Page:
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The Orion

Chico State's independent student newspaper

The Orion

Chico State's independent student newspaper

The Orion

Profiting from the Isla Vista tragedy

Illustration by Trevor Moore Photo credit: Trevor Moore

Everyone remembers the tragic May 2014 shootings that took place in the college town of Isla Vista. Students, friends and family members of the victims are still in shock about the deaths of their loved ones. Now just over a year later, Berger Bros., an independent film company, is planning to make a horror film about the shooting.

Elliot Rodger, the man behind the gun, took six student lives and left 14 seriously injured after his rampage. His reasoning? Carefully detailed in his last video, Rodger felt that society had failed him and humans were a disgusting species, all because females were never attracted to him.

After watching the movie trailer, I was completely astonished by how the director, Shaun Hart, glorified the acts of violence that happened that day. The film’s poster reads, “monsters aren’t born, they are created,” which suggests the shootings were justified. The creators of the film have some nerve to base a horror film on a shooting that left families in tears and rattled college towns across America. Uproars of backlash against the Berger Bros. quickly flooded the trailer’s comment section on YouTube.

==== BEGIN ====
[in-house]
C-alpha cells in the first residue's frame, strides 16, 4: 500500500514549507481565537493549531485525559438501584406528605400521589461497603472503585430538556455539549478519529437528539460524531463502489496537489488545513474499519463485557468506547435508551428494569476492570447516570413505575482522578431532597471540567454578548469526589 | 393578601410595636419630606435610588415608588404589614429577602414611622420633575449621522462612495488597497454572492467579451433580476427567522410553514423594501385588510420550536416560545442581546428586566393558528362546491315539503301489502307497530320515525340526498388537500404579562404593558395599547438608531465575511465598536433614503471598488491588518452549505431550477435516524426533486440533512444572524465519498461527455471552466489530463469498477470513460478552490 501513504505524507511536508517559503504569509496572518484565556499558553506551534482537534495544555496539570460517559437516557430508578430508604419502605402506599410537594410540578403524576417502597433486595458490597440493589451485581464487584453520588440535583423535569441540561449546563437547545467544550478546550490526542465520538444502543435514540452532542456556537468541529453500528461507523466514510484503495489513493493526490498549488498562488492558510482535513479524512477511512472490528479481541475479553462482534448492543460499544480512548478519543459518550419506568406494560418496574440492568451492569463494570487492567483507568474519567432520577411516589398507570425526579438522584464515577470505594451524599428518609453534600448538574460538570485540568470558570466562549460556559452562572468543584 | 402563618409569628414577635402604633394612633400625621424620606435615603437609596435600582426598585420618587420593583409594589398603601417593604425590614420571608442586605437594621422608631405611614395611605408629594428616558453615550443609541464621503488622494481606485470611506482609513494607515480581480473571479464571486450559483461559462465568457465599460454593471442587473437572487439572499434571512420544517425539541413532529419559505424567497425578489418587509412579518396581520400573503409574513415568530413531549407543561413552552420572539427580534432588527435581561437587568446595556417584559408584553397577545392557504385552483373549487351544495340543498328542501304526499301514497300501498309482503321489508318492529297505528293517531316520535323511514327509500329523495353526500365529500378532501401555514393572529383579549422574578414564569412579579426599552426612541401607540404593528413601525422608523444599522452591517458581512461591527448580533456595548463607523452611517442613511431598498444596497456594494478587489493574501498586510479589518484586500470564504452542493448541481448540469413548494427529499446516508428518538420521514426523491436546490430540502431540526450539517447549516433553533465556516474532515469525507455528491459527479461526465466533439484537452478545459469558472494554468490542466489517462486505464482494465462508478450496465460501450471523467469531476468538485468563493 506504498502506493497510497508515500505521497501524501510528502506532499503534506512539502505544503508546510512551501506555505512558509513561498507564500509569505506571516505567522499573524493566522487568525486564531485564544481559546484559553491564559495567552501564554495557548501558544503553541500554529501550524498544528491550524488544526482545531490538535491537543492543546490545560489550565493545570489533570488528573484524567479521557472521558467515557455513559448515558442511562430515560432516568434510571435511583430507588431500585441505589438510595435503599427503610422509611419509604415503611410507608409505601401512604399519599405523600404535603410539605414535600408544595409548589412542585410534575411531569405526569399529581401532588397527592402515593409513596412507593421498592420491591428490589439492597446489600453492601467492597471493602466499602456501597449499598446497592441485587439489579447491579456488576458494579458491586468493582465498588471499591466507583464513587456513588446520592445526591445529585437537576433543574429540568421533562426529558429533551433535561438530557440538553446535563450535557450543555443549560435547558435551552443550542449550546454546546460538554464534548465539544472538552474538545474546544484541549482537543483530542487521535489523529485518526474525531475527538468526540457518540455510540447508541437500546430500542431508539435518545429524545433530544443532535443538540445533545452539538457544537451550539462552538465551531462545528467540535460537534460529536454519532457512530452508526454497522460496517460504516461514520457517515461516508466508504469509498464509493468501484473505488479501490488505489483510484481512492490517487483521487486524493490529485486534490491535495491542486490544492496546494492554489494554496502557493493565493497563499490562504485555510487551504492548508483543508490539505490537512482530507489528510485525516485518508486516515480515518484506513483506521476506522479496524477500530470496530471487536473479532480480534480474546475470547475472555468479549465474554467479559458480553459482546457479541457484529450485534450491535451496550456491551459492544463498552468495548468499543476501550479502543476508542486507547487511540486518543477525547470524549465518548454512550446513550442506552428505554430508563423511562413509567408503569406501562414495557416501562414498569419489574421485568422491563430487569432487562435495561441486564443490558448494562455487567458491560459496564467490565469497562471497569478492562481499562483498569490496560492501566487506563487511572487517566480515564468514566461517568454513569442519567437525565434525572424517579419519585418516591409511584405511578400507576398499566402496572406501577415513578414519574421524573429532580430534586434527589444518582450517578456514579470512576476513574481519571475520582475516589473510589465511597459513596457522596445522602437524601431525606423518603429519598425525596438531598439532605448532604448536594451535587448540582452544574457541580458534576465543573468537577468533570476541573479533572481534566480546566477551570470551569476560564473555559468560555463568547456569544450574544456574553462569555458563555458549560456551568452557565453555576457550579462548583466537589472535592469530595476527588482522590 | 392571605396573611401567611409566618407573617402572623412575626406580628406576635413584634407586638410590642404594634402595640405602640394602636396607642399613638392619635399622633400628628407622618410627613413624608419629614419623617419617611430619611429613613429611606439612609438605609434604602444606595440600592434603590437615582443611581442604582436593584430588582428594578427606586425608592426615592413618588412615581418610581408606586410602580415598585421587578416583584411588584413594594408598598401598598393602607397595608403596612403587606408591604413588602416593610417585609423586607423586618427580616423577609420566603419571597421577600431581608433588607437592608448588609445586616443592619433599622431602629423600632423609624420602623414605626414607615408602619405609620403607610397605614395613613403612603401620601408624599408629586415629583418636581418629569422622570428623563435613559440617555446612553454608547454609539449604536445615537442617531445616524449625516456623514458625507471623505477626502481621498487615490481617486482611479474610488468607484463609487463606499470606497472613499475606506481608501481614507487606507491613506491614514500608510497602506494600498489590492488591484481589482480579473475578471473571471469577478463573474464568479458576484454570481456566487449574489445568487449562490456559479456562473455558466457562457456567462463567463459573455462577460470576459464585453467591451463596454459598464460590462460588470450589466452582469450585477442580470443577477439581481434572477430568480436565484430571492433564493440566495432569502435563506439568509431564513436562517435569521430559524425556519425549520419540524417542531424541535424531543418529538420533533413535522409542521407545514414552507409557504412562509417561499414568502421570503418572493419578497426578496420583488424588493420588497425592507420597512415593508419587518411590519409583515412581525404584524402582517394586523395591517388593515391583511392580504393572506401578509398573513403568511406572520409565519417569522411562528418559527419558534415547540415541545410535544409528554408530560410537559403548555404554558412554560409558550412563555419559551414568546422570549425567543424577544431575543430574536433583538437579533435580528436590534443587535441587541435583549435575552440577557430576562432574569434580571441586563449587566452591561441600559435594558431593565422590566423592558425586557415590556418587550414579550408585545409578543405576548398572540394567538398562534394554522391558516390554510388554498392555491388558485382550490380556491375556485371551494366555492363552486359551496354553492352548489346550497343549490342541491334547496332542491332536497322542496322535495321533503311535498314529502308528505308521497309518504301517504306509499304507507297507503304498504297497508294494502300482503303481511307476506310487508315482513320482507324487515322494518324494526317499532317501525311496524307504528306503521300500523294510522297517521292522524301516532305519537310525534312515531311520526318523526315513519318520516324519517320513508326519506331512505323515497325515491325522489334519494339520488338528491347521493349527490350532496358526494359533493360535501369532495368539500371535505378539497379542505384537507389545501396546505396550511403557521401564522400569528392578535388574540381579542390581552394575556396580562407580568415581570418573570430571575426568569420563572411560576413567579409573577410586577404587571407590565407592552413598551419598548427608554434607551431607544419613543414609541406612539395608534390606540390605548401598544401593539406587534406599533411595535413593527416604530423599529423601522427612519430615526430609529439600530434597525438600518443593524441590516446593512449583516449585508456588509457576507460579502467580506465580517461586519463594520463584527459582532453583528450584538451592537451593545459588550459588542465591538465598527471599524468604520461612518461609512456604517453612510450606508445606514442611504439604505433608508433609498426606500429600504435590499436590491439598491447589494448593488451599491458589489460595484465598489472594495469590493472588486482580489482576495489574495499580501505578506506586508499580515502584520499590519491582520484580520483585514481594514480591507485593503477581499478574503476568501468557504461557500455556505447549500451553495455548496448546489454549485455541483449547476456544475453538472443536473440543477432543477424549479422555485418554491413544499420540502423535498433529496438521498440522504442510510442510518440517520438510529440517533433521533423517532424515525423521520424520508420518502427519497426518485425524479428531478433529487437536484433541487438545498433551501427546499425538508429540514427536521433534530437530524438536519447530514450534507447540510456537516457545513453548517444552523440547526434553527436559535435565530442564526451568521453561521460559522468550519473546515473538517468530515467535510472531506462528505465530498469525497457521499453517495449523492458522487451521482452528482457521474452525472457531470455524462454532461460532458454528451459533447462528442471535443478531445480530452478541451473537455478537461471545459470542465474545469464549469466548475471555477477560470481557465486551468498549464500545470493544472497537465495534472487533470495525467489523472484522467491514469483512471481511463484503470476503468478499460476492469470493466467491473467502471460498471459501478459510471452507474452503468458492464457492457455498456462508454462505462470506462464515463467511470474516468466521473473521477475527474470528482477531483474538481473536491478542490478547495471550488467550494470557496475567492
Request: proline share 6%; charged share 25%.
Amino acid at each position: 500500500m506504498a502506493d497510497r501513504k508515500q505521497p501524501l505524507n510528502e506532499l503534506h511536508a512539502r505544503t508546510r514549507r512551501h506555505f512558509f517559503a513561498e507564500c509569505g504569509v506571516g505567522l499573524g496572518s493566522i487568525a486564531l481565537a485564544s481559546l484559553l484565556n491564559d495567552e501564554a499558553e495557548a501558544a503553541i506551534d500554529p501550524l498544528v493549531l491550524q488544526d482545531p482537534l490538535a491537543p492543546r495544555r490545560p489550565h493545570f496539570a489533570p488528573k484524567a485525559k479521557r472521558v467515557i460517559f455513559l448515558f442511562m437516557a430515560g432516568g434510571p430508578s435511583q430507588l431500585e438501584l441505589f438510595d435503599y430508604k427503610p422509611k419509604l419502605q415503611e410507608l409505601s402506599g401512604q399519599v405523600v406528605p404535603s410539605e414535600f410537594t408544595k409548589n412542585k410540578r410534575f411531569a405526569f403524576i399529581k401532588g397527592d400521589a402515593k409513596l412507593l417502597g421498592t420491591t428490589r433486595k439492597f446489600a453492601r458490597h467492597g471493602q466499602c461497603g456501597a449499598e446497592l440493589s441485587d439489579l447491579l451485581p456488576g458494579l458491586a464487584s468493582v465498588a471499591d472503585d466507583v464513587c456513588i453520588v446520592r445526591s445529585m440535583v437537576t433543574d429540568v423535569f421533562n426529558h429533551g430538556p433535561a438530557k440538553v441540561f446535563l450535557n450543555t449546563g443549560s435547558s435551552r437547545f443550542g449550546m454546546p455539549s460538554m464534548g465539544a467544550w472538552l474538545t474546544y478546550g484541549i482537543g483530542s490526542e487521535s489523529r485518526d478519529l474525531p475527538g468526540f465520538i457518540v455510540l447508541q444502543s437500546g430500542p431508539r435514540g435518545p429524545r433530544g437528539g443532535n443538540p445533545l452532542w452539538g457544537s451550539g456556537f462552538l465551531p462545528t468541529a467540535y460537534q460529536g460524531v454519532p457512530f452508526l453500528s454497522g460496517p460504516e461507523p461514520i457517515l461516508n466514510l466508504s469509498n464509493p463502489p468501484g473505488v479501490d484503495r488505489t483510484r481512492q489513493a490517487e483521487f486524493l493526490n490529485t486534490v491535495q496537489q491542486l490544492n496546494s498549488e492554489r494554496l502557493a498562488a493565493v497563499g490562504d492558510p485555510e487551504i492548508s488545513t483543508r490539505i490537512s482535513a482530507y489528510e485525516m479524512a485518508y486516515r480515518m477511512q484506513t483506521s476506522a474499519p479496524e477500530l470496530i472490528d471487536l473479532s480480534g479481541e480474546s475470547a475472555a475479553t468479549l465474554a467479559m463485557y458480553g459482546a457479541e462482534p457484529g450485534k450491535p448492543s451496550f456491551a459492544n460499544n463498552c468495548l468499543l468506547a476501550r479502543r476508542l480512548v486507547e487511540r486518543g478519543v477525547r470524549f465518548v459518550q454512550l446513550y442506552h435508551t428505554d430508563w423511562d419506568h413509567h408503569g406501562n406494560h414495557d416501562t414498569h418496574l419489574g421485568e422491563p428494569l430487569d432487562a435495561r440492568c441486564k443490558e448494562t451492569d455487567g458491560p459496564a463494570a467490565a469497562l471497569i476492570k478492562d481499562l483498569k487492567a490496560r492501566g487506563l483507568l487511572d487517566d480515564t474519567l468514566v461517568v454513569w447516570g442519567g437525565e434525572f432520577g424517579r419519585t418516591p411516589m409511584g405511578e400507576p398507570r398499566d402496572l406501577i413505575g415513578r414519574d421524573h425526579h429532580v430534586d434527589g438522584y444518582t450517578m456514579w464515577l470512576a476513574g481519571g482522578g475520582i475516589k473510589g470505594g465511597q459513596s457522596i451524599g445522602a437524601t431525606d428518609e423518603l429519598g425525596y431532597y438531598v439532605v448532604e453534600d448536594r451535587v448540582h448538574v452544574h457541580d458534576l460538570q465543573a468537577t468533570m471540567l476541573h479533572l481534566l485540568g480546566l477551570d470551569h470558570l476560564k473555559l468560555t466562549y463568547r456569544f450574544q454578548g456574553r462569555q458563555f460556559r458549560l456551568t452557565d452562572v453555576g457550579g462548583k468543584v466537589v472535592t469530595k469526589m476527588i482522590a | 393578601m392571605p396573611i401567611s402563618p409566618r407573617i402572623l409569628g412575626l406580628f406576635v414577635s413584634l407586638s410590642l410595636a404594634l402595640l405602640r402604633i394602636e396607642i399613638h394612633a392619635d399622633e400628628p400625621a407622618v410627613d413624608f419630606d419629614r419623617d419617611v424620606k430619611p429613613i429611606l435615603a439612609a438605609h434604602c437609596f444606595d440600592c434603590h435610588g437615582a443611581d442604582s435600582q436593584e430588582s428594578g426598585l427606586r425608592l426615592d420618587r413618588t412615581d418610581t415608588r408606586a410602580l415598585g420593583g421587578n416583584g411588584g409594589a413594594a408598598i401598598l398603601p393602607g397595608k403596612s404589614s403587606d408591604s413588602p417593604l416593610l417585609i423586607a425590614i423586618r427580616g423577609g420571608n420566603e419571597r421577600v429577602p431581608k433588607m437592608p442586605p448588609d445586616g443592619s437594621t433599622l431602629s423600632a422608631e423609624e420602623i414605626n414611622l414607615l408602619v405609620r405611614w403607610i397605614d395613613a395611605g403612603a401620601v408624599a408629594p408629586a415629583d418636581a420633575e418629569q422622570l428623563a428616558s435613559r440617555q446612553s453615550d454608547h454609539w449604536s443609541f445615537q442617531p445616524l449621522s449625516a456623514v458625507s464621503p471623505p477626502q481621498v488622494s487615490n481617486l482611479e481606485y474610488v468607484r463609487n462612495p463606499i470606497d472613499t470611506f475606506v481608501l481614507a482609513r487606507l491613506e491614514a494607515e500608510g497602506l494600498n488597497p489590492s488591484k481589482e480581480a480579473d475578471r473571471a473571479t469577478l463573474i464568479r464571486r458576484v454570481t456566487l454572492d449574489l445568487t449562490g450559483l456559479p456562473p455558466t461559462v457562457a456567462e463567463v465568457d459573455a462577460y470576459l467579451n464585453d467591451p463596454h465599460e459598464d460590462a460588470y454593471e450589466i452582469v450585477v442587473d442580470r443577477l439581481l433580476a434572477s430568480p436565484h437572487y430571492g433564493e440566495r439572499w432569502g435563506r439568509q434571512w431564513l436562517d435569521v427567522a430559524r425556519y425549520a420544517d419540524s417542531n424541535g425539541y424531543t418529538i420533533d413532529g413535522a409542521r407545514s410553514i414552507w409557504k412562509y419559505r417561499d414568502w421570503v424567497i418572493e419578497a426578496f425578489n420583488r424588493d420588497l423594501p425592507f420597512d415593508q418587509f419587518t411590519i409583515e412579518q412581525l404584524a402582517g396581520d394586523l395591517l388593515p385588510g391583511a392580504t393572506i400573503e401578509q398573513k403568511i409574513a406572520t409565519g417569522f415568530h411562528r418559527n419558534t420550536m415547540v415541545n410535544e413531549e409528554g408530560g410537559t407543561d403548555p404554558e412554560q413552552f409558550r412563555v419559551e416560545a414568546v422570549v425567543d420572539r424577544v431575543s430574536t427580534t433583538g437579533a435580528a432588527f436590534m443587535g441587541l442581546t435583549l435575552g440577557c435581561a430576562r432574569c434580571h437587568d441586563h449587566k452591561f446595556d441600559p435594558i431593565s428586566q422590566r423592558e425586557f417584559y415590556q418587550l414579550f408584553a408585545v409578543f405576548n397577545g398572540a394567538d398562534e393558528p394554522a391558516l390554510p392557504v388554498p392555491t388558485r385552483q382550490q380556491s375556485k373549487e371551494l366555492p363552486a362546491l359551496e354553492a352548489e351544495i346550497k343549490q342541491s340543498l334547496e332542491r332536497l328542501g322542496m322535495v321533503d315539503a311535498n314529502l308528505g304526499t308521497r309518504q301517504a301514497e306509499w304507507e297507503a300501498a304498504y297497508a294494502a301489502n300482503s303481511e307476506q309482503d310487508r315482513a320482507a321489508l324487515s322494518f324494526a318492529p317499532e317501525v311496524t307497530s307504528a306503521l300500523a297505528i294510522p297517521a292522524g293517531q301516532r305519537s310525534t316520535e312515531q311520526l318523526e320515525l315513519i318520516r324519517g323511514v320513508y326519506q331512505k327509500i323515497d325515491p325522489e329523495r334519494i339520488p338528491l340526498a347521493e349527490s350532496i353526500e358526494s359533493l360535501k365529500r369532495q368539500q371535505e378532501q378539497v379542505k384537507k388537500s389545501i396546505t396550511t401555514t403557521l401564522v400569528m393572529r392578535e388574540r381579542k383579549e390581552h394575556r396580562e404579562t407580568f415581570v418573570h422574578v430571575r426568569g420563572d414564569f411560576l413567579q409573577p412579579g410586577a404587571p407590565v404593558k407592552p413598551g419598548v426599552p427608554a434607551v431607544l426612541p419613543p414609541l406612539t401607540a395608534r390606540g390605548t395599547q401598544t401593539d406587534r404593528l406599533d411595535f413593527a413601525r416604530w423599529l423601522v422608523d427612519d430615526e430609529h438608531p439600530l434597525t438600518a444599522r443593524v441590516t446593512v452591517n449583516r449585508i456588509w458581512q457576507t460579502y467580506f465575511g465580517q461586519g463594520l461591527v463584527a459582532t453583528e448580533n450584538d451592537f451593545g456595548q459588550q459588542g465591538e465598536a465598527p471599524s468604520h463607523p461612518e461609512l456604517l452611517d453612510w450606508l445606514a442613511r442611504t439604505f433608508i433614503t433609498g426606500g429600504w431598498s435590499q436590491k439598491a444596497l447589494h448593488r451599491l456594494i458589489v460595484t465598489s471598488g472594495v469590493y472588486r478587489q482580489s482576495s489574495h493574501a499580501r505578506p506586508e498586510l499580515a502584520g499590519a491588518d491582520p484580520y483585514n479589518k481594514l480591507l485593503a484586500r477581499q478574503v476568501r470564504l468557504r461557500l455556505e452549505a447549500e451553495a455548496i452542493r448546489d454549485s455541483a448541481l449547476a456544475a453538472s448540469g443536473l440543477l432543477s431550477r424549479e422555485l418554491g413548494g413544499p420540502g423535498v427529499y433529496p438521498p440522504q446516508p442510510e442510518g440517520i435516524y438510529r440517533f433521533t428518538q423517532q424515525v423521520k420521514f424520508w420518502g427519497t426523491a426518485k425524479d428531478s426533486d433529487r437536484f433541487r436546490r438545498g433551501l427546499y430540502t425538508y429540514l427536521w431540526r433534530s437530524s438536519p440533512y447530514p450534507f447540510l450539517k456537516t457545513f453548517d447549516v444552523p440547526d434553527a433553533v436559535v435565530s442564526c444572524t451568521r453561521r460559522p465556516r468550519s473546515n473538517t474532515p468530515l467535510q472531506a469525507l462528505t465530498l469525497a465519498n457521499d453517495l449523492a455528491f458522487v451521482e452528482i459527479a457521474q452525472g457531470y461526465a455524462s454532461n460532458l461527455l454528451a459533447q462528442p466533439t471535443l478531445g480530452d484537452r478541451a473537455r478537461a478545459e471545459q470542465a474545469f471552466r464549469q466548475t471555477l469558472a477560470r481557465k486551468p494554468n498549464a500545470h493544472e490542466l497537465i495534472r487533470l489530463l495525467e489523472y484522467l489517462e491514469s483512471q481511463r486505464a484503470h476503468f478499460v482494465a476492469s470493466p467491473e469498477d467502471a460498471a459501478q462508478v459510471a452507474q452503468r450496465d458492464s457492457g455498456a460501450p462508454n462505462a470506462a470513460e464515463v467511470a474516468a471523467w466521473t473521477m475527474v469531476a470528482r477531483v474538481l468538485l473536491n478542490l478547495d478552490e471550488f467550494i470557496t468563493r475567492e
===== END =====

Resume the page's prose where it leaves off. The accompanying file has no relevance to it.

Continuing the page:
I think a more acceptable way to publicize the Isla Vista shootings would be to create an informative documentary, which could include multiple campus shootings that have occurred across America. The documentary could cover issues such as gun control, mental illness and the effects of bullying on young adults. Documentaries have the potential to educate on important issues and stop history from repeating itself.

Horror films are created strictly for profit and entertainment.

The Berger Bros. issued a public apology on their YouTube channel stating they had never intended to monopolize the scarring Isla Vista shootings. Hart stated in his apology that he is a UCSB graduate, and that day was like a “knife to his heart” (which I find is a phony apology). If the Berger Bros. were really sorry, they would notice the number of people they have offended and actually stop the production of the movie.

But no, the profit is too tempting. People will do anything nowadays if there’s a dollar sign in front of it. I guess monsters aren’t born, they are created.

Nick Bragg can be reached at [email protected] or @Nick981 on Twitter.

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